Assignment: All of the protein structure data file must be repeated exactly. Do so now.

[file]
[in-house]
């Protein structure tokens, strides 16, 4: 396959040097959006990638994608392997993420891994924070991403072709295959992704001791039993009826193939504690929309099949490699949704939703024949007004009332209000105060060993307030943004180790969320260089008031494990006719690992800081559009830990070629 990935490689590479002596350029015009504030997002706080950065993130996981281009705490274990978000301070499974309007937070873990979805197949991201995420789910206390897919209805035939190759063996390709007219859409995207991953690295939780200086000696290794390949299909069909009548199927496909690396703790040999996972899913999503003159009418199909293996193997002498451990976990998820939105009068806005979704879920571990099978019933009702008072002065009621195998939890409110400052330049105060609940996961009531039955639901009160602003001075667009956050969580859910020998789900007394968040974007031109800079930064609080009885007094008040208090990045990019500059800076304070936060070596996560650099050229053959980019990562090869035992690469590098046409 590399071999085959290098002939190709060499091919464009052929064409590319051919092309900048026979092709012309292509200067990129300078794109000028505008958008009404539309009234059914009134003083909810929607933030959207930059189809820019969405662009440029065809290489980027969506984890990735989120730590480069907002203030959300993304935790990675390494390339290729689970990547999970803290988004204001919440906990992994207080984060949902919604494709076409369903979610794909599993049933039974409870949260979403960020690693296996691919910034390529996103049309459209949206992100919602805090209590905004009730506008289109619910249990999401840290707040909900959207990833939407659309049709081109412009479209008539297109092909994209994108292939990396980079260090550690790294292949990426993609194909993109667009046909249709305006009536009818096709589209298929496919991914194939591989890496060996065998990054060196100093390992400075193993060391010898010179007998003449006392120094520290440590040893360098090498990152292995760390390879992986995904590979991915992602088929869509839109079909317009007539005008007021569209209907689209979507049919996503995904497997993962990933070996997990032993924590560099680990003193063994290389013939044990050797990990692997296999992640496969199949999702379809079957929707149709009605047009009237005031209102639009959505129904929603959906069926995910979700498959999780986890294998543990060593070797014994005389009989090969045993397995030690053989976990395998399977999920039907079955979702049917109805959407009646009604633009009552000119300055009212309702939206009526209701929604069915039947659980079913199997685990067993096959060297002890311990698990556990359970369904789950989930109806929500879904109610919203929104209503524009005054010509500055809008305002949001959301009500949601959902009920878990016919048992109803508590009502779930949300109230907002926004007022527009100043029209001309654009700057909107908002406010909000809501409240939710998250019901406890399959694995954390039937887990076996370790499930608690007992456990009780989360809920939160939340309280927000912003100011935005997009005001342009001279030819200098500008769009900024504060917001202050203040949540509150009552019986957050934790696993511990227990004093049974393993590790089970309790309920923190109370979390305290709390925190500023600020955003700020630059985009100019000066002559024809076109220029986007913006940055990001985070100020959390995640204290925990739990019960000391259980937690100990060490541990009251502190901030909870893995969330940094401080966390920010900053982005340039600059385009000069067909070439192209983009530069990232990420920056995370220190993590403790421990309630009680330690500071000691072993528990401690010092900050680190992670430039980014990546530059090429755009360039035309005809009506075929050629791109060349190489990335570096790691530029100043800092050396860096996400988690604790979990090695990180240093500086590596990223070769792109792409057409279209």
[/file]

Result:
[in-house]
């Protein structure tokens, strides 16, 4: 396959040097959006990638994608392997993420891994924070991403072709295959992704001791039993009826193939504690929309099949490699949704939703024949007004009332209000105060060993307030943004180790969320260089008031494990006719690992800081559009830990070629 990935490689590479002596350029015009504030997002706080950065993130996981281009705490274990978000301070499974309007937070873990979805197949991201995420789910206390897919209805035939190759063996390709007219859409995207991953690295939780200086000696290794390949299909069909009548199927496909690396703790040999996972899913999503003159009418199909293996193997002498451990976990998820939105009068806005979704879920571990099978019933009702008072002065009621195998939890409110400052330049105060609940996961009531039955639901009160602003001075667009956050969580859910020998789900007394968040974007031109800079930064609080009885007094008040208090990045990019500059800076304070936060070596996560650099050229053959980019990562090869035992690469590098046409 590399071999085959290098002939190709060499091919464009052929064409590319051919092309900048026979092709012309292509200067990129300078794109000028505008958008009404539309009234059914009134003083909810929607933030959207930059189809820019969405662009440029065809290489980027969506984890990735989120730590480069907002203030959300993304935790990675390494390339290729689970990547999970803290988004204001919440906990992994207080984060949902919604494709076409369903979610794909599993049933039974409870949260979403960020690693296996691919910034390529996103049309459209949206992100919602805090209590905004009730506008289109619910249990999401840290707040909900959207990833939407659309049709081109412009479209008539297109092909994209994108292939990396980079260090550690790294292949990426993609194909993109667009046909249709305006009536009818096709589209298929496919991914194939591989890496060996065998990054060196100093390992400075193993060391010898010179007998003449006392120094520290440590040893360098090498990152292995760390390879992986995904590979991915992602088929869509839109079909317009007539005008007021569209209907689209979507049919996503995904497997993962990933070996997990032993924590560099680990003193063994290389013939044990050797990990692997296999992640496969199949999702379809079957929707149709009605047009009237005031209102639009959505129904929603959906069926995910979700498959999780986890294998543990060593070797014994005389009989090969045993397995030690053989976990395998399977999920039907079955979702049917109805959407009646009604633009009552000119300055009212309702939206009526209701929604069915039947659980079913199997685990067993096959060297002890311990698990556990359970369904789950989930109806929500879904109610919203929104209503524009005054010509500055809008305002949001959301009500949601959902009920878990016919048992109803508590009502779930949300109230907002926004007022527009100043029209001309654009700057909107908002406010909000809501409240939710998250019901406890399959694995954390039937887990076996370790499930608690007992456990009780989360809920939160939340309280927000912003100011935005997009005001342009001279030819200098500008769009900024504060917001202050203040949540509150009552019986957050934790696993511990227990004093049974393993590790089970309790309920923190109370979390305290709390925190500023600020955003700020630059985009100019000066002559024809076109220029986007913006940055990001985070100020959390995640204290925990739990019960000391259980937690100990060490541990009251502190901030909870893995969330940094401080966390920010900053982005340039600059385009000069067909070439192209983009530069990232990420920056995370220190993590403790421990309630009680330690500071000691072993528990401690010092900050680190992670430039980014990546530059090429755009360039035309005809009506075929050629791109060349190489990335570096790691530029100043800092050396860096996400988690604790979990090695990180240093500086590596990223070769792109792409057409279209």